Take Five: Overlooked Billy Joel Tracks

Singer, songwriter and pianist Billy Joel has a staggering list of achievements. In addition to winning five Grammy Awards, he was a 2013 recipient of the prestigious Kennedy Center Honors; he has been bestowed no less than seven honorary doctorates; he placed two albums on Rolling Stone’s 500 Greatest Albums of All Time countdown. And the New York City native has countless other well-earned honors. His flawed debut album, Cold Spring Harbor was released in 1971; a speed-corrected version was released just over 40 years ago, in December 1983.

After a massively successful career as a recording artist, some 30 years ago Billy Joel left behind the part of his career that focused on pop music recording; after releasing 1993’s River of Dreams; he turned his focus to live performance; prior to “Turn the Lights Back On,” a new track that debuted in February 2024, his only release of new music since that time has been Fantasies & Delusions, a 2001 collection of original classical compositions.

The 4th best selling recording artist of all time, Joel has landed more than 30 songs on the U.S. Top 40 charts (as well as many hit singles abroad), and at least 20 of his albums have gone Platinum (1 million or more units sold) or better in the U.S. But even against that high profile backdrop, there are great songs in Billy Joel’s catalog that are sometimes overlooked. Here are five songs from the “piano man” that you might have missed.

“She’s Got a Way” from Cold Spring Harbor (1971)
One of Billy Joel’s most beloved non-hit single tracks, “She’s Got a Way” would be a highlight of his 1981 live release, Songs in the Attic. But the tune was originally featured as the opening track on Joel’s solo debut, the critically-maligned Cold Spring Harbor. That record didn’t sell, in part because of a mastering error that raised the key of the music, making Joel sound (in his words) “like the Bee Gees.” But the song itself was strong enough to remain in Joel’s live set.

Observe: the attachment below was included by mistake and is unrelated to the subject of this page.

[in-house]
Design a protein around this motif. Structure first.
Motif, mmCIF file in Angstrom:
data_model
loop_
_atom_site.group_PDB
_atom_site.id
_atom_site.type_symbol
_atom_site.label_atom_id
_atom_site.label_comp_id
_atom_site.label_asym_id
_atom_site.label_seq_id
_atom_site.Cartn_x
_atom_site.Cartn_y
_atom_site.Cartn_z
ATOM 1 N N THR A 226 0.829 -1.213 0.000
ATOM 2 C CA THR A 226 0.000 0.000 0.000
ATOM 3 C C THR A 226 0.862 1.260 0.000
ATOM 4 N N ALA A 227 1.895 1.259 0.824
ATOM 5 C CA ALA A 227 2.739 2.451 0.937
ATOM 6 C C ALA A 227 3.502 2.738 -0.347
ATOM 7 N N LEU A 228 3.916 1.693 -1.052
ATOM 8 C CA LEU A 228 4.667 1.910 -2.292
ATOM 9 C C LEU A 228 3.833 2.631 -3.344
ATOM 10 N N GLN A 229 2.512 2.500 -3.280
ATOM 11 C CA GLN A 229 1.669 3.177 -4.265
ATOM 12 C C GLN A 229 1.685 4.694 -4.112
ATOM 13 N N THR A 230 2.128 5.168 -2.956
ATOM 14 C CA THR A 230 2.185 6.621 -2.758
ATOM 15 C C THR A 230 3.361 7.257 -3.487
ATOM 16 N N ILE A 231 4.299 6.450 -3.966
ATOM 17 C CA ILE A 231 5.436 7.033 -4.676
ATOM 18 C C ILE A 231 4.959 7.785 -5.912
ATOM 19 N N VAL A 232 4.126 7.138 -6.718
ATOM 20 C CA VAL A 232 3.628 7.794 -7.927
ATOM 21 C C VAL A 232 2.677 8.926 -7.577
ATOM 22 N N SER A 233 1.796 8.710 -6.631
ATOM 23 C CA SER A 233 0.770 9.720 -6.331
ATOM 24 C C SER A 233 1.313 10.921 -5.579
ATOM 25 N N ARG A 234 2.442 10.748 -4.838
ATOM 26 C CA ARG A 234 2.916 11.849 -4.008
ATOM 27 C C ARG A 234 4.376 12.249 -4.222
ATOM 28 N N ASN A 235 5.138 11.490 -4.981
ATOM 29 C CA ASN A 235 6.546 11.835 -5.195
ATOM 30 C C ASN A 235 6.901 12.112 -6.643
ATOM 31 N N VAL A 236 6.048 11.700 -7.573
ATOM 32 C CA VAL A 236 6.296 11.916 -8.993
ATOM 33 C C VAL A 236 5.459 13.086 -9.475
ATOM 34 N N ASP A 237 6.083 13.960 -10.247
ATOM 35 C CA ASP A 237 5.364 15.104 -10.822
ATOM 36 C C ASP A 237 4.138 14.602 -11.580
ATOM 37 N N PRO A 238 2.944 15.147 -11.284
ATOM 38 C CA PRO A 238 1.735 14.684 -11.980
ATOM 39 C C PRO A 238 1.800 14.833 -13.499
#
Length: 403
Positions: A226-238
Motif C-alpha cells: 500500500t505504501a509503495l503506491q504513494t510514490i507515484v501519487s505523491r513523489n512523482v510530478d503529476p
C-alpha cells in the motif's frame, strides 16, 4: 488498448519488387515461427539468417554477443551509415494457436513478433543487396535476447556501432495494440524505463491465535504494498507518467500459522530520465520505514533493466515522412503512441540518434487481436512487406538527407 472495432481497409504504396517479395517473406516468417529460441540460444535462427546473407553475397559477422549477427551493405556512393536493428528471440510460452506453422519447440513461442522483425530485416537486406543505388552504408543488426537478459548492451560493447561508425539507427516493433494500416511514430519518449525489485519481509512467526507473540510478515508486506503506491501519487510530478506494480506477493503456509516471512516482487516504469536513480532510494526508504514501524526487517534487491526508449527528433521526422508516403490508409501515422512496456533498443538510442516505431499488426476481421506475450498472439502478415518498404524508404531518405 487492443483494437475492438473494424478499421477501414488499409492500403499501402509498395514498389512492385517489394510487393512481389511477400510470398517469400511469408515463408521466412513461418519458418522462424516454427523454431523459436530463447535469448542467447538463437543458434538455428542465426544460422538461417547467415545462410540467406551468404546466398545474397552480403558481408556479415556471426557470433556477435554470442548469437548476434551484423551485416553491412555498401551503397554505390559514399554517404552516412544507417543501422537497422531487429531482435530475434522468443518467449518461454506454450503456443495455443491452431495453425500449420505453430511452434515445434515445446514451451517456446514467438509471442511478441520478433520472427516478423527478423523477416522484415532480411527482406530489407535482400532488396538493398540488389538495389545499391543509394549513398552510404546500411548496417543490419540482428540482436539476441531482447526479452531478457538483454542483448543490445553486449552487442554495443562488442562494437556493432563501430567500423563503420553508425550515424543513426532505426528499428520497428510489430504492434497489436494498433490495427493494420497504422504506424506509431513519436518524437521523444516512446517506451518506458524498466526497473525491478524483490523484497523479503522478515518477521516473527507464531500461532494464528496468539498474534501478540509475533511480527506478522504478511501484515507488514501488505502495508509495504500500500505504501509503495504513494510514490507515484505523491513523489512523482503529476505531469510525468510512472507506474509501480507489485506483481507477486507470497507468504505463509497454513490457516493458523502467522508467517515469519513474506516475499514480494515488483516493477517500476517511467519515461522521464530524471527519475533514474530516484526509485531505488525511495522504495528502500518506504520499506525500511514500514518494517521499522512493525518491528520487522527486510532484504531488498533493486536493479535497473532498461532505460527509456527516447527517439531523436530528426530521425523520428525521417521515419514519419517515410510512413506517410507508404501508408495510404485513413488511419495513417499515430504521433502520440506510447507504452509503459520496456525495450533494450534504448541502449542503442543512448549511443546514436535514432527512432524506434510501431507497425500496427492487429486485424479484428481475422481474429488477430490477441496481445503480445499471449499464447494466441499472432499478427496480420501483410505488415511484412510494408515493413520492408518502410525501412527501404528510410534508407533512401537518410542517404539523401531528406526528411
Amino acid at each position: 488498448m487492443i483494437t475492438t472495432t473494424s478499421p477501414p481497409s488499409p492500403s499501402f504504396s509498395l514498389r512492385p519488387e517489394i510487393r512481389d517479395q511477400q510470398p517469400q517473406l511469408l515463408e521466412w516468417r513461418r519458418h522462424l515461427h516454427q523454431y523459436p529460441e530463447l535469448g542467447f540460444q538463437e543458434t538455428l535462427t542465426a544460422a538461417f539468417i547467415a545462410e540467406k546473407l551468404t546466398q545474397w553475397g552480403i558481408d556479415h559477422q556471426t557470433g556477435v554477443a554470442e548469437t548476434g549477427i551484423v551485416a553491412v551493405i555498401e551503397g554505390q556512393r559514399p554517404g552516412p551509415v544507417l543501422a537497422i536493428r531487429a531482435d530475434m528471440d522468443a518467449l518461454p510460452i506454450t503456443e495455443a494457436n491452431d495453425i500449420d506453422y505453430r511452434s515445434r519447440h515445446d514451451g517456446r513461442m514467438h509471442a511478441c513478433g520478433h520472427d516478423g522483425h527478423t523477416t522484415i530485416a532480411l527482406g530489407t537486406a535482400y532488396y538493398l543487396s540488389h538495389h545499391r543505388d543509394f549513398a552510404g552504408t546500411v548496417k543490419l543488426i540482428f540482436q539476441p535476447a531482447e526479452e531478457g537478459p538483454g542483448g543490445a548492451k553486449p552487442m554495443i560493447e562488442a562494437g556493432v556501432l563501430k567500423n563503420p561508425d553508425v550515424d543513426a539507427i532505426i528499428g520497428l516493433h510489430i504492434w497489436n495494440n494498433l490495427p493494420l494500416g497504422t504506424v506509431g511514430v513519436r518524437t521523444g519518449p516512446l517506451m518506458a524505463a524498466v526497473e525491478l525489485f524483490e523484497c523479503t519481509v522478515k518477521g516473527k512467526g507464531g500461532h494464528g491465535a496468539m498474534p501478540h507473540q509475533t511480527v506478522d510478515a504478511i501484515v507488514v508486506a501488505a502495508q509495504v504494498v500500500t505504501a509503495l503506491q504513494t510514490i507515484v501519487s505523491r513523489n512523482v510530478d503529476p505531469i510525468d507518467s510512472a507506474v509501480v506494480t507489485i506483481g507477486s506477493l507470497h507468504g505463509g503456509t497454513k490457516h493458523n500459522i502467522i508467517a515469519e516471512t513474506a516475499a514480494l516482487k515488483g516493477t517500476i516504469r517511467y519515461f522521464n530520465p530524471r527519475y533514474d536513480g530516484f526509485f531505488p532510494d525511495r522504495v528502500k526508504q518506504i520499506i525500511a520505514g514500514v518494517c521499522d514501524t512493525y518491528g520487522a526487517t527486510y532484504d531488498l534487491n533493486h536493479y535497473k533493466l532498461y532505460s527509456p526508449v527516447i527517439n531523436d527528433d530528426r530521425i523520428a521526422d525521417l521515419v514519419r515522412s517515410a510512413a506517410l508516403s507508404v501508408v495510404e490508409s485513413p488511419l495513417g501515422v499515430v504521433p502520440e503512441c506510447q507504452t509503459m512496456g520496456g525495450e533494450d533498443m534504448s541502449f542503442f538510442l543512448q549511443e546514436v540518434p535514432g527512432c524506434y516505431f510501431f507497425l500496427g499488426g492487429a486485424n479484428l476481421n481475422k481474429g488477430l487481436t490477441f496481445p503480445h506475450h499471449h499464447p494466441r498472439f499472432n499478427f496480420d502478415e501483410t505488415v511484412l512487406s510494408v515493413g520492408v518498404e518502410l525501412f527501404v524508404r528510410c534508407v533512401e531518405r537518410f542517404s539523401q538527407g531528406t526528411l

“Souvenir” from Streetlife Serenade (1974)
Billy Joel’s third studio album sold modestly in comparison to its predecessor, 1973’s Piano Man. By most stands, though, it was still a major commercial success, earning the Platinum designation in 1997 (some 23 years after its release). The album would provide a bounty of beloved songs that found their way into Joel’s live set; for many years he closed his concerts with this brief and lovely number.

“Summer, Highland Falls” from Turnstiles (1976)
Often cited among serious Joel fans as one of their favorite of his albums, Turnstiles was in fact his poorest-selling release, reaching only #122 on the U.S. album charts. Only his pre-fame debut Cold Spring Harbor fared worse in the marketplace. But Turnstiles still managed to earn a Platinum disc, and it contains some of his best songwriting. A highlight of the record is this song, with a rapid-fire stream of emotionally resonant lyrics set to a delightful melody.

“Get it Right the First Time” from The Stranger (1977)
Joel’s breakthrough album, The Stranger sold so well that it pulled much of his back catalog back onto the cart in its wake. Four singles would be released from The Stranger, and every one of them found their way onto the U.S. Top 40 singles chart. In light of the album’s success, it’s counter-intuitive to single out an “overlooked” song, but this song, placed near the end of the original LP’s second side and also featured as the b-side to the smash hit single “Just the Way You Are” isn’t nearly as well-known as the a-side singles from the record.

“Pressure” from The Nylon Curtain (1982)
A facile and expressive keyboardist, Billy Joel’s skill on instruments other than the piano are sometimes overlooked. His catchy and memorable Prophet-5 synthesizer lines on this tune off the smash LP The Nylon Curtain deserve praise. Joel hasn’t always been the most credible rocker – he’s more of a balladeer/troubadour – but this foray into new-wave-leaning styles works for him. “Pressure” was indeed a hit – soaring to #20 on the Billboard singles chart – but it was somewhat overshadowed by an even bigger smash hit single from the album (“Allentown”) and a track that came in for notable critical praise (“Goodnight Saigon”).